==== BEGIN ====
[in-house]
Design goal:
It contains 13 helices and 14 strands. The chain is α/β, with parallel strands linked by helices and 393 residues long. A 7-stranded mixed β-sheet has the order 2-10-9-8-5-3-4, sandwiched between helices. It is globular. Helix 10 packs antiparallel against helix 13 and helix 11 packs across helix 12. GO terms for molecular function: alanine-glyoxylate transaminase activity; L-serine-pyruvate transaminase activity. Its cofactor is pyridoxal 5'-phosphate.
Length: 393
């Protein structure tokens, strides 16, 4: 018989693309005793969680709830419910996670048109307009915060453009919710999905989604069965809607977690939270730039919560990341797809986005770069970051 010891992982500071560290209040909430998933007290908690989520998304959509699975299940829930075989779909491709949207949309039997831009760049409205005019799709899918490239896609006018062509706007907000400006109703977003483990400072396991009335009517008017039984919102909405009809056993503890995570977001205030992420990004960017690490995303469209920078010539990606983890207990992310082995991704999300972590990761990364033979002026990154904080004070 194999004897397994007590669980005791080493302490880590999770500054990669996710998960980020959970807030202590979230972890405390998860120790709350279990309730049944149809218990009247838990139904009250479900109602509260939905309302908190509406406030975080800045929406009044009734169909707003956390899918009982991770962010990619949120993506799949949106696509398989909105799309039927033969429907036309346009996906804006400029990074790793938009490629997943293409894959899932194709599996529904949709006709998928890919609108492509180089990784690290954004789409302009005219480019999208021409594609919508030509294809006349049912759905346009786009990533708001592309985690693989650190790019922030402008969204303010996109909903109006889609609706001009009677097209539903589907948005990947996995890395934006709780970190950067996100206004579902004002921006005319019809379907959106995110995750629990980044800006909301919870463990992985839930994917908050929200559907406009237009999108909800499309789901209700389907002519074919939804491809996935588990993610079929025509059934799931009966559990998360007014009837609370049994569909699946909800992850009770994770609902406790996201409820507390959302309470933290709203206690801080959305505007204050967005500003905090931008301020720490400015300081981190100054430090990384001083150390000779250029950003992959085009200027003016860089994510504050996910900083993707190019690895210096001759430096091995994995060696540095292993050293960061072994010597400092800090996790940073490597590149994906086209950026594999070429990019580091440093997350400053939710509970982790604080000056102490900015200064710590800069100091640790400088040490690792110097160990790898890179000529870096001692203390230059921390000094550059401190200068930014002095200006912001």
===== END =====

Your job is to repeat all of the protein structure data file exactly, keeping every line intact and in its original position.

[in-house]
Design goal:
It contains 13 helices and 14 strands. The chain is α/β, with parallel strands linked by helices and 393 residues long. A 7-stranded mixed β-sheet has the order 2-10-9-8-5-3-4, sandwiched between helices. It is globular. Helix 10 packs antiparallel against helix 13 and helix 11 packs across helix 12. GO terms for molecular function: alanine-glyoxylate transaminase activity; L-serine-pyruvate transaminase activity. Its cofactor is pyridoxal 5'-phosphate.
Length: 393
């Protein structure tokens, strides 16, 4: 018989693309005793969680709830419910996670048109307009915060453009919710999905989604069965809607977690939270730039919560990341797809986005770069970051 010891992982500071560290209040909430998933007290908690989520998304959509699975299940829930075989779909491709949207949309039997831009760049409205005019799709899918490239896609006018062509706007907000400006109703977003483990400072396991009335009517008017039984919102909405009809056993503890995570977001205030992420990004960017690490995303469209920078010539990606983890207990992310082995991704999300972590990761990364033979002026990154904080004070 194999004897397994007590669980005791080493302490880590999770500054990669996710998960980020959970807030202590979230972890405390998860120790709350279990309730049944149809218990009247838990139904009250479900109602509260939905309302908190509406406030975080800045929406009044009734169909707003956390899918009982991770962010990619949120993506799949949106696509398989909105799309039927033969429907036309346009996906804006400029990074790793938009490629997943293409894959899932194709599996529904949709006709998928890919609108492509180089990784690290954004789409302009005219480019999208021409594609919508030509294809006349049912759905346009786009990533708001592309985690693989650190790019922030402008969204303010996109909903109006889609609706001009009677097209539903589907948005990947996995890395934006709780970190950067996100206004579902004002921006005319019809379907959106995110995750629990980044800006909301919870463990992985839930994917908050929200559907406009237009999108909800499309789901209700389907002519074919939804491809996935588990993610079929025509059934799931009966559990998360007014009837609370049994569909699946909800992850009770994770609902406790996201409820507390959302309470933290709203206690801080959305505007204050967005500003905090931008301020720490400015300081981190100054430090990384001083150390000779250029950003992959085009200027003016860089994510504050996910900083993707190019690895210096001759430096091995994995060696540095292993050293960061072994010597400092800090996790940073490597590149994906086209950026594999070429990019580091440093997350400053939710509970982790604080000056102490900015200064710590800069100091640790400088040490690792110097160990790898890179000529870096001692203390230059921390000094550059401190200068930014002095200006912001």